Hospitals still remain the most common employer for RNs—increasing from 57.4% in 2004 to 62.2% of employed RNs in 2008. The increase in this percentage is the first increase since 1984. While nearly 90% of RNs under 25 years old work in hospitals, less than 53% of RNs age 55 and older work in hospitals. Fewer than half of nurses with master's degrees work in hospitals; more than 18% are in ambulatory care settings and nearly 12% are in academic education.
The most common job title of RNs in the U.S. is "staff nurse"—or its equivalent (66.3%). Between 2004 and 2008, the proportion of staff RNs increased by 2.2%. Just below 20% of RNs with graduate degrees are staff RNs, compared with 72.8% of those without a graduate degree. The next most common job title in 2008 included management and administration titles (12.5%).
Many registered nurses held more than one job in nursing, according to the report. Overall, about 12% of RNs with full-time primary nursing positions, and 14% of those with part-time primary positions have additional nursing positions.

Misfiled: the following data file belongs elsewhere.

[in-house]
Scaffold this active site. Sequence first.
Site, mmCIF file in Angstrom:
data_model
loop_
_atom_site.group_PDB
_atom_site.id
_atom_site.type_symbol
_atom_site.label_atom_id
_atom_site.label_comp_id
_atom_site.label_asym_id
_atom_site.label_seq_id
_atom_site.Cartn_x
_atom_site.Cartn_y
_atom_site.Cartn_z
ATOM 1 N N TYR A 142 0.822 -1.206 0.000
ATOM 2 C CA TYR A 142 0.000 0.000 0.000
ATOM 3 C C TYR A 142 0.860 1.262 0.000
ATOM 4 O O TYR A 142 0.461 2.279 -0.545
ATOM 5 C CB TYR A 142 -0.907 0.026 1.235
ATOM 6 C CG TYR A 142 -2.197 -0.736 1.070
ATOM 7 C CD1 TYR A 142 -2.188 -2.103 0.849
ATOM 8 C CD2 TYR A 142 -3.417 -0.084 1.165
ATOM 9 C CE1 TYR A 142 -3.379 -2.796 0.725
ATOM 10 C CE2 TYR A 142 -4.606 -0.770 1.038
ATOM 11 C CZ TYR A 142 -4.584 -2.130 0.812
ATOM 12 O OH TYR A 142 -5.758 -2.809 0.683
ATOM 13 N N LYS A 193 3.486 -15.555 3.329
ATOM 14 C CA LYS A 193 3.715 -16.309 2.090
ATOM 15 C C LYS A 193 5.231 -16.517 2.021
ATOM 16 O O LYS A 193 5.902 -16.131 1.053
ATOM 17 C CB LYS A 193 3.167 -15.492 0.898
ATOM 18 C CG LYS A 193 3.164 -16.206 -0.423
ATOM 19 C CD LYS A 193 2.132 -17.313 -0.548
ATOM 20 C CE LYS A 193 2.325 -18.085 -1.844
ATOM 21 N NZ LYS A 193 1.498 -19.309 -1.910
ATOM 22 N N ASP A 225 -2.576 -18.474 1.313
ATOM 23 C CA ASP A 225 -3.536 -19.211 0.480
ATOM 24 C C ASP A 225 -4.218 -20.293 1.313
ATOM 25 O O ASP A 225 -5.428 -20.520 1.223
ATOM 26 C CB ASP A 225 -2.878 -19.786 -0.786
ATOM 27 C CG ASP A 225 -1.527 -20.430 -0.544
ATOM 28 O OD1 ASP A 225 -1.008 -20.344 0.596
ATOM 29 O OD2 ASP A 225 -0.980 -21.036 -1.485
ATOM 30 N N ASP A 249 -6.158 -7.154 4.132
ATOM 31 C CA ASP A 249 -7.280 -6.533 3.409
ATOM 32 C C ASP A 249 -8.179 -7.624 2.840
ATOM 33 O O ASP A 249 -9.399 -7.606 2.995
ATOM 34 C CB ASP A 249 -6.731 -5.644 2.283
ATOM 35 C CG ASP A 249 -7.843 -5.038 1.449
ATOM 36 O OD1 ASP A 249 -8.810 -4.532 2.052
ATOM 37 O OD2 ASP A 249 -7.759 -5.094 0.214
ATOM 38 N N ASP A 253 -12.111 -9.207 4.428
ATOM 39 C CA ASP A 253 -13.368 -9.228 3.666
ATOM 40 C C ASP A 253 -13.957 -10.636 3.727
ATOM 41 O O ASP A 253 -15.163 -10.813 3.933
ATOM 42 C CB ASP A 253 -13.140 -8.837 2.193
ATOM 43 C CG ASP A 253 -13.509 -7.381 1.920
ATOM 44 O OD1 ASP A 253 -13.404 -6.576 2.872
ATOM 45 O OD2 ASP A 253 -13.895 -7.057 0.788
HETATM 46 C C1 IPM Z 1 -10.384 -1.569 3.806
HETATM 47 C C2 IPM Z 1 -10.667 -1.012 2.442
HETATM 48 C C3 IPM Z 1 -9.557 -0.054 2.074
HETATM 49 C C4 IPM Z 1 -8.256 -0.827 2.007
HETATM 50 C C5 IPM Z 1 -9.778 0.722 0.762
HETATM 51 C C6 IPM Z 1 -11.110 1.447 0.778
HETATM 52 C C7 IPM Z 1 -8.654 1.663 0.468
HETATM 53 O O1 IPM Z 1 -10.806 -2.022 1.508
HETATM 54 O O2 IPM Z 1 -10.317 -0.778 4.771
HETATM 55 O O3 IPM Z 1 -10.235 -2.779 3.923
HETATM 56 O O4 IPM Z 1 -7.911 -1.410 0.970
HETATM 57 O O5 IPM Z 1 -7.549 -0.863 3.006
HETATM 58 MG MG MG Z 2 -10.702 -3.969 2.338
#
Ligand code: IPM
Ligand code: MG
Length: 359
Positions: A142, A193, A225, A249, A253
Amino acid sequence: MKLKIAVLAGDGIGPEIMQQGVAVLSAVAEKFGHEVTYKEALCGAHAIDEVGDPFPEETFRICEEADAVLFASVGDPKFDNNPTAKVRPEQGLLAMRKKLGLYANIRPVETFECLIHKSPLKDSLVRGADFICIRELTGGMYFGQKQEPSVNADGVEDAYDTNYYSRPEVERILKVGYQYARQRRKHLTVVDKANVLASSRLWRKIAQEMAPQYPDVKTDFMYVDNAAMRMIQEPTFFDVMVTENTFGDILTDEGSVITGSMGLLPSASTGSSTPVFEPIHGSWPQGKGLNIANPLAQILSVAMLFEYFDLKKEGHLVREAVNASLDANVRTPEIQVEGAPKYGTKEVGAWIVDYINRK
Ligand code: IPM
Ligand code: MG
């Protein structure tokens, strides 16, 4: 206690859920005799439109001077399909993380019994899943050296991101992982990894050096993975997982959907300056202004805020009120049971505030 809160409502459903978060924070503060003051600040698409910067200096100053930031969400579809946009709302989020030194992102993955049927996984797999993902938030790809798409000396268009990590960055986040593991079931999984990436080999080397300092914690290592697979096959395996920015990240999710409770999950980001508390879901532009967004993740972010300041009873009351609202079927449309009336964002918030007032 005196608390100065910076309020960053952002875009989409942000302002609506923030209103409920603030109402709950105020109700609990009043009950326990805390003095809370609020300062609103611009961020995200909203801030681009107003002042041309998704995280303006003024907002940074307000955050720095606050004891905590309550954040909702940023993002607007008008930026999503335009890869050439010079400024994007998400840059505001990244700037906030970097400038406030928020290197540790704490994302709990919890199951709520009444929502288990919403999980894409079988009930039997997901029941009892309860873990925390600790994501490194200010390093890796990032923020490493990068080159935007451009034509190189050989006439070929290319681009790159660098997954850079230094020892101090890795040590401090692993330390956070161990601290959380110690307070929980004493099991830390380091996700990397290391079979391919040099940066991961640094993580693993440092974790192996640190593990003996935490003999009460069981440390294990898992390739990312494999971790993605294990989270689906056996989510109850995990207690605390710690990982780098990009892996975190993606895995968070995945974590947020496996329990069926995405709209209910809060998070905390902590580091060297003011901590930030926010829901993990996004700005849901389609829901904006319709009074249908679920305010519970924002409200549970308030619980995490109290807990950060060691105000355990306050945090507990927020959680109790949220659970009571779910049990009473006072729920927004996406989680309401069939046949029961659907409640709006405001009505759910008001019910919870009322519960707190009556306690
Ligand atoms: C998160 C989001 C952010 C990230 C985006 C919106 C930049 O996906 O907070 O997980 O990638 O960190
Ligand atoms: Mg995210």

More than half of RNs work at least 40 hours per week in their principal nursing position. Another 24.2% work 32 to 39 hours per week. A total of 19.1%t of RNs report that they worked on-call or could have been called to work (on "standby") during a typical work week in their principal nursing positions. Among RNs employed in nursing positions, 27.5% report that they worked overtime, averaging 7.5 hours per week and received pay for such work.